A French man stumbled upon a handwritten message in a bottle that washed up on the beach on the western shores of the country — 26 years after the bottle was tossed into the sea by a Massachusetts fifth grader.
"It’s crazy to think it took that long for someone to find it," Carol Archambeault, an English teacher in the Sandwich, Massachusetts, public school district told Fox News Digital.
"The bottle is so old, I can see why people are so interested in it," she added.
The faded letter, addressed "Dear Beachcomber," was penned by Benjamin Lyons, a fifth grader at Forestdale School in Sandwich.
Dated October 1997, the letter was written as part of a science unit on ocean currents led by teacher Frederic Hemmila.
Hemmila was not immediately available to respond to Fox News Digital's request for comment.
"It was a culminating activity after studying ocean currents and tides," said Archambeault, his teaching counterpart. "They were trying to see where the letters would end up, where the currents would take them."
In the letters, students provided their names, the date they wrote the letters, and where they attended school in Sandwich.
Fifth grader Lyons wrote that he thanked the finder for being "kind enough" to pick up the bottle.
He explained that his class was studying currents and dropped the bottles in Nantucket Sound — hoping that whoever found it could answer a few questions.
Hemmila had a friend, Archambeault remembered, who was a boat captain.
Each year, Hemmila's friend took the bottles and cast them into the ocean — a practice that was suspended a few years later so as not to contribute to marine litter, according to Archambeault.
"Now, of course, we know that’s not so eco-friendly," Archambeault said.
"But at that time, it was a very exciting activity. The kids would wait to see if they had any answers," she added.
In his message in a bottle, Lyons included a few questions in case a person eventually found it: "Where did you find the bottle? What condition was it in? Was there anything around the bottle besides water and rocks? How did you find it?"
Fox News Digital's attempts to contact Lyons, who would be in his mid-30s by this time, were unsuccessful.
Archambeault said Hemmila and his students went to great lengths to seal the bottles in the hope they would make it to faraway shores with the letters still intact.
"I know that [they] sealed them with wax so they're found in pretty good condition," Archambeault said.
She went on, "The one the gentleman found in France was in decent condition because no water had gotten into the bottle in 26 years."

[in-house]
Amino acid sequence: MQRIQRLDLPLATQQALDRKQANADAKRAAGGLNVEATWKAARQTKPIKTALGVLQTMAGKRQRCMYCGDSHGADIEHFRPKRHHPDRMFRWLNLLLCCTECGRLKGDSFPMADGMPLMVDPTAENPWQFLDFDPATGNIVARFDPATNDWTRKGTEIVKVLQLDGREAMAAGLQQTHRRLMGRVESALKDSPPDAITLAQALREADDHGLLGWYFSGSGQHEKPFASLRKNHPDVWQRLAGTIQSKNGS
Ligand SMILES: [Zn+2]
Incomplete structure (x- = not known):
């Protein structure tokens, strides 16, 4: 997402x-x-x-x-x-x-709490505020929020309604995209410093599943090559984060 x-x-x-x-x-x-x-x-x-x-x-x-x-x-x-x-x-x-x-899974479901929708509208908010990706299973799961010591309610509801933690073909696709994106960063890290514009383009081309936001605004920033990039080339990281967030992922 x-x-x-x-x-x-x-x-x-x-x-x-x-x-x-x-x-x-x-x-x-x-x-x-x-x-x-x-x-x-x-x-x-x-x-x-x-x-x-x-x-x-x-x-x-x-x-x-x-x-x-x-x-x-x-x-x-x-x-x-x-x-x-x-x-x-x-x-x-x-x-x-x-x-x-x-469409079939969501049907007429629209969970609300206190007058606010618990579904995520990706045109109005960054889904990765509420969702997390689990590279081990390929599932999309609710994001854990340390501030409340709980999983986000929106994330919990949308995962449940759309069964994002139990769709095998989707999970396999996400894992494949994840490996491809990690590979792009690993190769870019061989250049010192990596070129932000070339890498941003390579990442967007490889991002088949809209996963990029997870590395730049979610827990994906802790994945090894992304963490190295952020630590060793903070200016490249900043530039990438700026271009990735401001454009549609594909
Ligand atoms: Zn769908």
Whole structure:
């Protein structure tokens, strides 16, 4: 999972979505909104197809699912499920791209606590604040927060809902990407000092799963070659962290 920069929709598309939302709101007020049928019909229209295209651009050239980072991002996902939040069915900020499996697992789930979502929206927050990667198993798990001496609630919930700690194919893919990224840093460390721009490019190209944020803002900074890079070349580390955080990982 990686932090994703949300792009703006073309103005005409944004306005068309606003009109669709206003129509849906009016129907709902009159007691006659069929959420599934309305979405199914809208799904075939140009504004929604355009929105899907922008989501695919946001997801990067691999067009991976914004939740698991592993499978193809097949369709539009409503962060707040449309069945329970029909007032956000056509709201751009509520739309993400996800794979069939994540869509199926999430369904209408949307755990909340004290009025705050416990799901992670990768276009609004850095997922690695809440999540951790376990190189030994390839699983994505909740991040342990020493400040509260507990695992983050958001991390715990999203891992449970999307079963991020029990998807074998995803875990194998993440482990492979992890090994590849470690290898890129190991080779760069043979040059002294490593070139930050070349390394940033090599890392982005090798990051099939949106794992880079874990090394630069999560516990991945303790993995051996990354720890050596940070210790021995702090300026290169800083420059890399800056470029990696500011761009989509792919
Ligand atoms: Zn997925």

Last month, a brown package arrived at Forestdale School, addressed to "Mr. Benjamin Lyons."
That was very puzzling to school administrators.
"So it came here and our secretaries were looking him up in PowerSchool [a classroom attendance and management tool], trying to find out who this kid is," Brandy Clifford, assistant principal at another local school, Oak Ridge, told Fox News Digital.
Clifford went on, "It came through inner-office mail. They thought he was a current student, but they didn’t know who he was."
At a loss, administrators decided to open the envelope. They found a note inside, written in French.
In August 2023, fisherman Hubert Eriau, 71, was picking up trash along a beach when he came upon an old bottle that had washed ashore.
He opened it — and did exactly what the sender requested.
"Hello Sir, Bottle found on a sandy beach in Les Sables-d'Olonne, Vendée, France on 19 August 2023," the letter read.
"I was at the beach and as I was walking along, picking up trash on the beach, it was like it was there for me to find the bottle. It had several barnacles collected on it," Eirau's letter, which was translated from French to English for Fox News Digital, continued.
The package included a picture of Eirau and also contained the original letter from Lyons.
That’s when everyone in the fairly small town of Sandwich began putting it together.
"They were over the top, just so excited about this," Clifford said.
"Once I saw the name, I said, ‘Oh my God.’ I was having dinner with his parents two days from then."
Archambeault did not have Lyons in class — but said she taught his sister and brother.
"So I'm familiar with the family," Archambeault said. "I definitely knew as soon as they said it was Ben Lyons."
Hemmila’s students’ messages have provided pop-ups of excitement over the years, according to Archambeault.
"It's been a really long time since one has been found," Archambeault said.
"Obviously a bunch would wash up on Cape Cod," she added.
"I know that we had several in France, so obviously something in the currents must lead that way. And I'm pretty sure we had one returned from Greenland. So, they've traveled really far and the people that find them are so gracious to reach out and write back."